“This campaign is a first of its kind in Samoa, bringing together many Government and non-government organisations and agencies with a common goal to impart unforgettable environmental knowledge important to being able to live sustainably on an Island that our youth need to know. The magic of this is also that this is not your typical ‘awareness raising’ campaign with a bunch of passive presentations,”  said Conservation International Samoa program director and Samoan Voyaging Society president, Schannel Fanene van Dijken.  

“This is a very special unique collaborative program where over the course of one week with each community and school are taught environmental and cultural education through interactive hands-on activities. These are delivered to the schools around Samoa, via our very own floating classroom – the Gaualofa – our traditional voyaging canoe. The big aim is to reach all schools in Samoa and change the way our youth and, by extension our communities, view our natural resources and our proud ancestral past.” 

According to 11-year-old Meauli Pale, who spoke on behalf of her fellow students of Samusu Primary School, the campaign was a great experience for her and her peers. She explained how the lessons were very educational while still maintaining an atmosphere of fun and excitement, something those of her age relate more to.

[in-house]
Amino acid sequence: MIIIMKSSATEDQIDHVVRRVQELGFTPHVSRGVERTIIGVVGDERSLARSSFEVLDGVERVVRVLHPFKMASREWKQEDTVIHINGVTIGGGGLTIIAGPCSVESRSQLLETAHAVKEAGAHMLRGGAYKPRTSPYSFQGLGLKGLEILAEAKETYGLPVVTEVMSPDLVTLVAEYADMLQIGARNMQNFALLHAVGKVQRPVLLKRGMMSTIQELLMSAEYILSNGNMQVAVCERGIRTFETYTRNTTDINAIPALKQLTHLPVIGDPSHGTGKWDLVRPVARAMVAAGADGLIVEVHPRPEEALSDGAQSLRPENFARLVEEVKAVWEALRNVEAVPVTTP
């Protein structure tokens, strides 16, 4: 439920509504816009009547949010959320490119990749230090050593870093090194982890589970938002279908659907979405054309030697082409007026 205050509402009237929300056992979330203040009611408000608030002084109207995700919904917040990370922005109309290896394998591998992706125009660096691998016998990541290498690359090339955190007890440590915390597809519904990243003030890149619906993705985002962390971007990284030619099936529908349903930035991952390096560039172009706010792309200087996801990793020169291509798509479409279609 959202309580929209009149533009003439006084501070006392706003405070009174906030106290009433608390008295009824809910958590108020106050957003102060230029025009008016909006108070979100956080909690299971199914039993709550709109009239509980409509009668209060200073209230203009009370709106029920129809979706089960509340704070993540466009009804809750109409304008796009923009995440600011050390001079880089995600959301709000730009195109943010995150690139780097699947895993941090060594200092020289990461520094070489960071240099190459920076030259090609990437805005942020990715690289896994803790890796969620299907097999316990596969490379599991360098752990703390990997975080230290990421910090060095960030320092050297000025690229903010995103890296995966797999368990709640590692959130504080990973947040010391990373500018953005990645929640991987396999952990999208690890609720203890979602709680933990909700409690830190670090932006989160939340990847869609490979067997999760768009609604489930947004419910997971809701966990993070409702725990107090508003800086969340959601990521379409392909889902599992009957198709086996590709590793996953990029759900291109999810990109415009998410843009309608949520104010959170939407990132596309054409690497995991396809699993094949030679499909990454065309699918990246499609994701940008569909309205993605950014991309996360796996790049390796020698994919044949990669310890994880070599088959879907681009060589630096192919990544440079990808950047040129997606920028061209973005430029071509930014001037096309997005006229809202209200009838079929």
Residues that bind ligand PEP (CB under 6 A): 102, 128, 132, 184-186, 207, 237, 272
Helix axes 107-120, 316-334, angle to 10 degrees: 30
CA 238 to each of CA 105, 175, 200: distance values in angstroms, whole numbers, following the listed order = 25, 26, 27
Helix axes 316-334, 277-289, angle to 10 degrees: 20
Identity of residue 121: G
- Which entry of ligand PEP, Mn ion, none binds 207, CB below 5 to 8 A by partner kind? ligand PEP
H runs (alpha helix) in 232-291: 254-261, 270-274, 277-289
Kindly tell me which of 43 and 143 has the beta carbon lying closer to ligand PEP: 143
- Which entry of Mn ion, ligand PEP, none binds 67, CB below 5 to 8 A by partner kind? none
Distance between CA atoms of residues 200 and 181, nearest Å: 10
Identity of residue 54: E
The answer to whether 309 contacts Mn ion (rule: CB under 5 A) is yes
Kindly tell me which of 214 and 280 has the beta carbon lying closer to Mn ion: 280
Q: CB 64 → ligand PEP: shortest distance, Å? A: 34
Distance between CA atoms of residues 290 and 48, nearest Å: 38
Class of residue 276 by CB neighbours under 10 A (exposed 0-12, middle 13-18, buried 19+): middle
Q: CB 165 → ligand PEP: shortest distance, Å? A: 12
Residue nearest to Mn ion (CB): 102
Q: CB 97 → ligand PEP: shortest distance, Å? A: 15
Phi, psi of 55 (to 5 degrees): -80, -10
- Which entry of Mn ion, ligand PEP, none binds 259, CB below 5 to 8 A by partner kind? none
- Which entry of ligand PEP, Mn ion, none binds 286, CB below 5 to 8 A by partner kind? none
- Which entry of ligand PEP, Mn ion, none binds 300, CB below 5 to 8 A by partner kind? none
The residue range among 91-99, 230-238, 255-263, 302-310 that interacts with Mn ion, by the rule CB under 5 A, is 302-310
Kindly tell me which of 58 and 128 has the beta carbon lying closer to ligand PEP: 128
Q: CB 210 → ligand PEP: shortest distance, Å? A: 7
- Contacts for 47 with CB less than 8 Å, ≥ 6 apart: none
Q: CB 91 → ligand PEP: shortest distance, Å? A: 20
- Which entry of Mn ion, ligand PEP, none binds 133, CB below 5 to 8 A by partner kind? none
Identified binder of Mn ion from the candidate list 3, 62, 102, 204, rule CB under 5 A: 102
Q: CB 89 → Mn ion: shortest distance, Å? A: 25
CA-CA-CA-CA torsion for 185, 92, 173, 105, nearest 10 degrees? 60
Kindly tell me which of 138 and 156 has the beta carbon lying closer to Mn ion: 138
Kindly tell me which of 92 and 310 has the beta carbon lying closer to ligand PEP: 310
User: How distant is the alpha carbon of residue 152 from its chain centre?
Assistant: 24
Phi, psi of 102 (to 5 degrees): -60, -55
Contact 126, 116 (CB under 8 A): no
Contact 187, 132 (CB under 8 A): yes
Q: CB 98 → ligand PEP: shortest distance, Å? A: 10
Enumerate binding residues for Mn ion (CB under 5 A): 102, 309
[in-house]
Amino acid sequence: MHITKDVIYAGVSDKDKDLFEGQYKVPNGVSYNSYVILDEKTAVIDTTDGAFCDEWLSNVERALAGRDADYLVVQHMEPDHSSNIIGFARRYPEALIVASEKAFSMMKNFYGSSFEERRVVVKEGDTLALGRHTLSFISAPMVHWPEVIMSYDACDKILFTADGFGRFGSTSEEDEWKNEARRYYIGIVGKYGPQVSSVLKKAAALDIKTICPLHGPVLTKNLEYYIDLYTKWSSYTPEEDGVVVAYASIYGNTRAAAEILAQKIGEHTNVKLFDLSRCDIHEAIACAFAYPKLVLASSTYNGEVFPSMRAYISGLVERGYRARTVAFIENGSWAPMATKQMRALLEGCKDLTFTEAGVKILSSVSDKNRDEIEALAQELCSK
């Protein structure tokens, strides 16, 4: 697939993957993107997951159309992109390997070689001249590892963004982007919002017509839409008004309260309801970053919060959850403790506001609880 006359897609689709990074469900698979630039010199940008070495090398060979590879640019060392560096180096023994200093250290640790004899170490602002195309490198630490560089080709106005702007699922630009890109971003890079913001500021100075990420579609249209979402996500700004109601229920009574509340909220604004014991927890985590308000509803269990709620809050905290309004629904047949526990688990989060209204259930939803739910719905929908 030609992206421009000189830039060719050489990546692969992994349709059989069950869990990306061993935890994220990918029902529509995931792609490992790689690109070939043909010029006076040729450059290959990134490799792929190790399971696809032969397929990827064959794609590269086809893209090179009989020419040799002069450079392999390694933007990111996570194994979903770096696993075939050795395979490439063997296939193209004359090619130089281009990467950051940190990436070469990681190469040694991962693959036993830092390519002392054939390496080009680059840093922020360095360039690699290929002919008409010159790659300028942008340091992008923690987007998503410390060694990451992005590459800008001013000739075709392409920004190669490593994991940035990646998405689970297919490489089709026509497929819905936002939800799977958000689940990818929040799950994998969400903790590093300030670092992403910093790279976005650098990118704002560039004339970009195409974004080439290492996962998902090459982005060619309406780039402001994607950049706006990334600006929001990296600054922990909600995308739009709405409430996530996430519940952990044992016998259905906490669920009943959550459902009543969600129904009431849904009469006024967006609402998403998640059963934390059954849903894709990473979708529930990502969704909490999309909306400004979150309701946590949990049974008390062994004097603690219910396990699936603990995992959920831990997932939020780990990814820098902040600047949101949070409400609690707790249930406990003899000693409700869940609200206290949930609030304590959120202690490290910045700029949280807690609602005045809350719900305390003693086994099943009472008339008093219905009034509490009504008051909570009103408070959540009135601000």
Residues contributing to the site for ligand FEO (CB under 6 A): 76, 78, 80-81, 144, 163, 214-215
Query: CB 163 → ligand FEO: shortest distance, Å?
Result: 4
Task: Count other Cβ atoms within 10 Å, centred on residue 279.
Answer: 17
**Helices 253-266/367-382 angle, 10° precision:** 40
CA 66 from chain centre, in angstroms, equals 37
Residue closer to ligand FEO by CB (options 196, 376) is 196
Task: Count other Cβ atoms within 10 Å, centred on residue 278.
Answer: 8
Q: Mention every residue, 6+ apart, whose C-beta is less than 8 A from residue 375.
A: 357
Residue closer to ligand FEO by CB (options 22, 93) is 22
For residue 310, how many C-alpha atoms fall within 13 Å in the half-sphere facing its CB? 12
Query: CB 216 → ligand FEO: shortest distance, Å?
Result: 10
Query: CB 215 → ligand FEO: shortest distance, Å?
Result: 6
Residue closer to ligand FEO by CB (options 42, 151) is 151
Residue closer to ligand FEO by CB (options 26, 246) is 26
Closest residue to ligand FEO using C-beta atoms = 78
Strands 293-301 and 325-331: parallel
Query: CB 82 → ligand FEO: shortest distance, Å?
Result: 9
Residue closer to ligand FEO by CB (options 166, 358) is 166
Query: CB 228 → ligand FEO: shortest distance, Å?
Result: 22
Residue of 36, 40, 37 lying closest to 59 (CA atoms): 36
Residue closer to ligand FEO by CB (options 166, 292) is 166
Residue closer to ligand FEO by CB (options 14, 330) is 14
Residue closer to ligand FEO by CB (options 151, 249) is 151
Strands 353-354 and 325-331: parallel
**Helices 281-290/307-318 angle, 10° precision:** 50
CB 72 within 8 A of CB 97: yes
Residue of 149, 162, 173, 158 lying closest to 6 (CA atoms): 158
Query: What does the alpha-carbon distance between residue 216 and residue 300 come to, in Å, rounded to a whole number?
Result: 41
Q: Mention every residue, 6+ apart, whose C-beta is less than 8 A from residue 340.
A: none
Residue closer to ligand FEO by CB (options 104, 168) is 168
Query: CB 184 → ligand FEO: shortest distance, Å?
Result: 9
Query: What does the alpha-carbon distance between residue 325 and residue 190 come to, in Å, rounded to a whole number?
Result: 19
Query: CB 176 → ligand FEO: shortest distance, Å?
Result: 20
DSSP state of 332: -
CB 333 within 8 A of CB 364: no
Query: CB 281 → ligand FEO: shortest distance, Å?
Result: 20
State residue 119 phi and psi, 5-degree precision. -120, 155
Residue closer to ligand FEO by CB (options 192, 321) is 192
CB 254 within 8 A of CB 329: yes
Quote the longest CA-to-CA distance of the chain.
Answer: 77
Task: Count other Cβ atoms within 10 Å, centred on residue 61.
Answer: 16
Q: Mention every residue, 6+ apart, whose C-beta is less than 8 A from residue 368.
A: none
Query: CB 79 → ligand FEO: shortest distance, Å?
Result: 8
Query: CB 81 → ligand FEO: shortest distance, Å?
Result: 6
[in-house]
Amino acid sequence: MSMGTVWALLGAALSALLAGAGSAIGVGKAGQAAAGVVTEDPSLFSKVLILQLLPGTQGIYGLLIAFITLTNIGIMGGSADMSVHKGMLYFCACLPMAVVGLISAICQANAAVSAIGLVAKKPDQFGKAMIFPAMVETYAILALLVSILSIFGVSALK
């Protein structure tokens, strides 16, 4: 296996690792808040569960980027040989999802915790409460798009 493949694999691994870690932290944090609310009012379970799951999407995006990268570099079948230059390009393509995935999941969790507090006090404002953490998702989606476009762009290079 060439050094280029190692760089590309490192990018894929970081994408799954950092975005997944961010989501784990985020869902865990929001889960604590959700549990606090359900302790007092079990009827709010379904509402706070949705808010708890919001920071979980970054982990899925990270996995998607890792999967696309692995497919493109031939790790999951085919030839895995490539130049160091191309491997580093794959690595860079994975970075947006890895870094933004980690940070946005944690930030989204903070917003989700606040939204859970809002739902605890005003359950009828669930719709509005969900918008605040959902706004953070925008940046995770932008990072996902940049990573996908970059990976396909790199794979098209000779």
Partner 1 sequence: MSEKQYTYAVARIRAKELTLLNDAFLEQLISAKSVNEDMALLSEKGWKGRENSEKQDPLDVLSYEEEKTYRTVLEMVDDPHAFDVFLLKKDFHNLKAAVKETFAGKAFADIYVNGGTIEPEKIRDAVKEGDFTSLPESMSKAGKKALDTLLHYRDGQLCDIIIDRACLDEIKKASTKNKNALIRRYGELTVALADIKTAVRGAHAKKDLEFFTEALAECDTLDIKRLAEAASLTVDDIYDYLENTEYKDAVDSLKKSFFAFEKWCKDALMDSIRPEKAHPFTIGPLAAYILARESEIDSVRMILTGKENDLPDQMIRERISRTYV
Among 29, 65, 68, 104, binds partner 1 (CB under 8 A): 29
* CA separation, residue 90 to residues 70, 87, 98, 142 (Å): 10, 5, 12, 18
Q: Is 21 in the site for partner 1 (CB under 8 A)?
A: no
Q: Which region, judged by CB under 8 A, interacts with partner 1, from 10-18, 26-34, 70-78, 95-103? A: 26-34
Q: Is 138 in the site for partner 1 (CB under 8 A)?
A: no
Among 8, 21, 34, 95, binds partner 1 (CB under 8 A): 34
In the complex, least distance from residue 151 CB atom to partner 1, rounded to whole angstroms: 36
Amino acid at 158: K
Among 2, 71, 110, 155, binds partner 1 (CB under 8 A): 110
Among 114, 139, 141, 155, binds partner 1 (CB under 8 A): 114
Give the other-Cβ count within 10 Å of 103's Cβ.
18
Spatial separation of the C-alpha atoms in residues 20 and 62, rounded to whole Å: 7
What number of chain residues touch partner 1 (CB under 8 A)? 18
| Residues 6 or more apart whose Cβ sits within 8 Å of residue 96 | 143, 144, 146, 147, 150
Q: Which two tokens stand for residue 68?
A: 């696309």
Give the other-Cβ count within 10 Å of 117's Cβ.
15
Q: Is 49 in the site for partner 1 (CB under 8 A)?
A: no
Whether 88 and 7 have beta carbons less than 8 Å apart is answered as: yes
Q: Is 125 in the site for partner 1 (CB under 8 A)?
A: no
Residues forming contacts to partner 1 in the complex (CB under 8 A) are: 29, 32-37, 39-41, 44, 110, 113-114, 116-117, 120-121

“This week was so much fun, I have learnt so much from this campaign and I feel that I am ready to pass on the lessons to others in my area for the sake of our environment,” she added. 

One of the many activities with the wise fishers module.
One of the many activities with the wise fishers module.
Young guardians ready for some coral exploration.
Young guardians ready for some coral exploration.
Students learning how to build and sail traditional canoes.
Students learning how to build and sail traditional canoes.

“I enjoyed all the modules but if I had to choose one then it would be Wise Fishers because I already knew that one of the biggest problems today is overfishing. It is sad to see different marine species dying out because humans are too selfish. Something needs to be done about this. I want this program to continue because I want more children to experience what it means to be a guardian of the environment. Thank you guardians, I will miss you when you go back.”